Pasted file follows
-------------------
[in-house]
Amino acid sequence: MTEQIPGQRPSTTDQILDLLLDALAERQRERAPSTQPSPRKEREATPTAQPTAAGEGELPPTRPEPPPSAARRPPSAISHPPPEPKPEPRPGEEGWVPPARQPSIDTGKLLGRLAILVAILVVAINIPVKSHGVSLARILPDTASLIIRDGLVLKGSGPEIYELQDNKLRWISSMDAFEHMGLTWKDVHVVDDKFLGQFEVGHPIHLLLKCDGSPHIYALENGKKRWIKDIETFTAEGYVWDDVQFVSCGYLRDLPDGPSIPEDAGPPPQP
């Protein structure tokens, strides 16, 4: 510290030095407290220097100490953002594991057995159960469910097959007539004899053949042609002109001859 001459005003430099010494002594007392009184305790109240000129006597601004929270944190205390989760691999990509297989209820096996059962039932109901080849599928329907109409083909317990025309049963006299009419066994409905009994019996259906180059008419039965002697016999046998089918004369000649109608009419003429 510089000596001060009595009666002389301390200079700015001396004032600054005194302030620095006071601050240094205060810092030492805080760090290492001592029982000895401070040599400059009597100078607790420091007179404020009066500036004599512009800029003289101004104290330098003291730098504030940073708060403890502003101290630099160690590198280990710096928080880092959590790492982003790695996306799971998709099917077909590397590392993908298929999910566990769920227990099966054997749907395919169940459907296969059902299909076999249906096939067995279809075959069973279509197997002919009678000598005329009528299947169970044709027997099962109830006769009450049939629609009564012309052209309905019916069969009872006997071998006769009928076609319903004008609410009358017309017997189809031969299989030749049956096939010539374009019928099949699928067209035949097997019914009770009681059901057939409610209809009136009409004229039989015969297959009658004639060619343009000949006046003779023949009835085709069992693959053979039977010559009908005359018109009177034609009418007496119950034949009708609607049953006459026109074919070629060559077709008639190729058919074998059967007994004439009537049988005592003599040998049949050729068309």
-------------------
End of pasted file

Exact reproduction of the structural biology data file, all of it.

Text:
[in-house]
Amino acid sequence: MTEQIPGQRPSTTDQILDLLLDALAERQRERAPSTQPSPRKEREATPTAQPTAAGEGELPPTRPEPPPSAARRPPSAISHPPPEPKPEPRPGEEGWVPPARQPSIDTGKLLGRLAILVAILVVAINIPVKSHGVSLARILPDTASLIIRDGLVLKGSGPEIYELQDNKLRWISSMDAFEHMGLTWKDVHVVDDKFLGQFEVGHPIHLLLKCDGSPHIYALENGKKRWIKDIETFTAEGYVWDDVQFVSCGYLRDLPDGPSIPEDAGPPPQP
């Protein structure tokens, strides 16, 4: 510290030095407290220097100490953002594991057995159960469910097959007539004899053949042609002109001859 001459005003430099010494002594007392009184305790109240000129006597601004929270944190205390989760691999990509297989209820096996059962039932109901080849599928329907109409083909317990025309049963006299009419066994409905009994019996259906180059008419039965002697016999046998089918004369000649109608009419003429 510089000596001060009595009666002389301390200079700015001396004032600054005194302030620095006071601050240094205060810092030492805080760090290492001592029982000895401070040599400059009597100078607790420091007179404020009066500036004599512009800029003289101004104290330098003291730098504030940073708060403890502003101290630099160690590198280990710096928080880092959590790492982003790695996306799971998709099917077909590397590392993908298929999910566990769920227990099966054997749907395919169940459907296969059902299909076999249906096939067995279809075959069973279509197997002919009678000598005329009528299947169970044709027997099962109830006769009450049939629609009564012309052209309905019916069969009872006997071998006769009928076609319903004008609410009358017309017997189809031969299989030749049956096939010539374009019928099949699928067209035949097997019914009770009681059901057939409610209809009136009409004229039989015969297959009658004639060619343009000949006046003779023949009835085709069992693959053979039977010559009908005359018109009177034609009418007496119950034949009708609607049953006459026109074919070629060559077709008639190729058919074998059967007994004439009537049988005592003599040998049949050729068309």